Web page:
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How difficult is the transition to multi-cellular life?
(06-28-2018, 04:29 AM)stevebowers Wrote: I'm thinking that we could have around 300-500 Earth-like Garden Worlds (even these would only be approximately Earth-like, and most would not support unmodified humans because of biochemical incompatibility);
around 300 ocean worlds with marine fauna (including Europan type worlds and tidally-locked eyeball worlds)
around 300 Titan type worlds with Muuh-like methanogen fauna
around 300 Amunian type worlds with ammonia based biospheres
around 1000 jovian biospheres with macroscopic life, like Ruach
and 1 magnetobiota (the Menexenes). Total: 2400(ish) garden worlds of all kinds. If we keep the 256 figure the total goes down to around 2150 worlds.

Also 158 vitriolic worlds, 356 halogenic worlds, more than 60 seeded Earth-like worlds (in the Garden of Paradise and in the Cybiota realm) and 34 neutron star biospheres, which are relics of artificial ecopoeisis rather than natural abiogenesis. Some of these have seeded nearby systems through panspermia, so they are equal to natural worlds in many ways.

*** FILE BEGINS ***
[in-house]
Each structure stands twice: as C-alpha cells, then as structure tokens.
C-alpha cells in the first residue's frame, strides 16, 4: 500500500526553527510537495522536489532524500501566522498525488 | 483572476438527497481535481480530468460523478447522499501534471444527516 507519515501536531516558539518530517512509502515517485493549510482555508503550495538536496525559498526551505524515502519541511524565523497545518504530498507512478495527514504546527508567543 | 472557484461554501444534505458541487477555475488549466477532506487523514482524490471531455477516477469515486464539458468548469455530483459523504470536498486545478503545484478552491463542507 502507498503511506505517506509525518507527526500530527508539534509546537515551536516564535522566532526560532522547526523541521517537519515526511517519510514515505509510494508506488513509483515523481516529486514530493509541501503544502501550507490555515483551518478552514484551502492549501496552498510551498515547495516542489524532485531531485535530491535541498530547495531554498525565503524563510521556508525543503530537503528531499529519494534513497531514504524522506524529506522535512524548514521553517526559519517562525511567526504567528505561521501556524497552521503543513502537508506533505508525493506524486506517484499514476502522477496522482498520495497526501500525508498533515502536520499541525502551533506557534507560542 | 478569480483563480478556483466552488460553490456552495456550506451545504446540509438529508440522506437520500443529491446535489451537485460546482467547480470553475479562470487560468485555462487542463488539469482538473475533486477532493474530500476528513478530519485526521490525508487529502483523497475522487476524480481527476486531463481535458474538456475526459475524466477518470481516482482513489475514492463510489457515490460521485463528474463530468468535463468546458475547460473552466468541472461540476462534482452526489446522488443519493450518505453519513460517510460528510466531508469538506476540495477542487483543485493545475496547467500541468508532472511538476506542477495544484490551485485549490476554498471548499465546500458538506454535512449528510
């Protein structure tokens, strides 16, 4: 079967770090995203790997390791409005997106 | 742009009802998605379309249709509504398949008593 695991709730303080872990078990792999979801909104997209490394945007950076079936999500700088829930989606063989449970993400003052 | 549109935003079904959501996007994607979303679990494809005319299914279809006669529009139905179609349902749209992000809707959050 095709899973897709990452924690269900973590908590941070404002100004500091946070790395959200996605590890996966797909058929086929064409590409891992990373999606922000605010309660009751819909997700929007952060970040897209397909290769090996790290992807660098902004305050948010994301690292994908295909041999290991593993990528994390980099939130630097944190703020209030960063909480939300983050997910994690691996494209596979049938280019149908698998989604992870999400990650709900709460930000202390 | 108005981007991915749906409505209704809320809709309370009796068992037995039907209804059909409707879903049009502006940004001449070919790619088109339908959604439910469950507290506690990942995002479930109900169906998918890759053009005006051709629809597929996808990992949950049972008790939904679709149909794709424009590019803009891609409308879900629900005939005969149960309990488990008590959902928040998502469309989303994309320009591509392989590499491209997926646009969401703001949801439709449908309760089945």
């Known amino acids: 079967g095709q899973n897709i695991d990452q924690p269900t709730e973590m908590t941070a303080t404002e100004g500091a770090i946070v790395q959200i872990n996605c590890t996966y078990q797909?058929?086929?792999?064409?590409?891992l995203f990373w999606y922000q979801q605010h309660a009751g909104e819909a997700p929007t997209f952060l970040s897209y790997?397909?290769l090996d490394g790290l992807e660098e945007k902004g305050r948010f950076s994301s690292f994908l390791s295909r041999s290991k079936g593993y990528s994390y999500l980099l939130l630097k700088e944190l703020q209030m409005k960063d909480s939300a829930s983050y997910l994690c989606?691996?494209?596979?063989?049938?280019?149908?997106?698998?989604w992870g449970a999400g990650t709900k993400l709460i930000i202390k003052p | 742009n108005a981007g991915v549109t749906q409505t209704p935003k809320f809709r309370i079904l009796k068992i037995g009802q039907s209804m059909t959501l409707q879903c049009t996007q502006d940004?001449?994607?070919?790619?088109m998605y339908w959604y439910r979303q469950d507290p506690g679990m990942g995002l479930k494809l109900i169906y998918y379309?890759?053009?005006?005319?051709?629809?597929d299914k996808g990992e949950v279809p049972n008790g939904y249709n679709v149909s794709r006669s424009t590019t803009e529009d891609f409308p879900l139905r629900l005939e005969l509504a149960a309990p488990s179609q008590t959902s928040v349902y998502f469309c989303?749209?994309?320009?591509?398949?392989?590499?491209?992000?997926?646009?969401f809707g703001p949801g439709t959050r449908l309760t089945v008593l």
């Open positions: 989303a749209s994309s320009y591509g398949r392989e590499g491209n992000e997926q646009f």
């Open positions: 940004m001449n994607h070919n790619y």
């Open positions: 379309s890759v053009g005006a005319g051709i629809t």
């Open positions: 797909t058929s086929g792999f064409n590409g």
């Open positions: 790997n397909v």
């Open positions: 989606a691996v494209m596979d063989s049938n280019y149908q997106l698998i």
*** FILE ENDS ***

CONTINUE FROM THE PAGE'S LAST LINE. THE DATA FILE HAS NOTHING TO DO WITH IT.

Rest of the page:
You said that in the Terragen sphere, there are about 2500 distinct biospheres with macroscopic life: And of these life bearing planets, only 1 in 10 would be Earth-like. Shouldn't that number be higher, though? If you define an Earth-like planet as one that can support Type 1 lifeforms, then that means the oceanic worlds should be added to the count. Therefore, 1 in 5 (or 20%) of these biospheres would be Earth-like.

I also agree with EvilDoDo that the number of Earth-like worlds should be higher. Type 1 lifeforms seem like they would have better odds of evolving naturally than the Type 2, Type 3, or Type 4 lifeforms. In my opinion, they should make up something like 30% or even 40% of the total biospheres.

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RE: How difficult is the transition to multi-cellular life? - by Avalancheon - 06-28-2018, 03:16 PM

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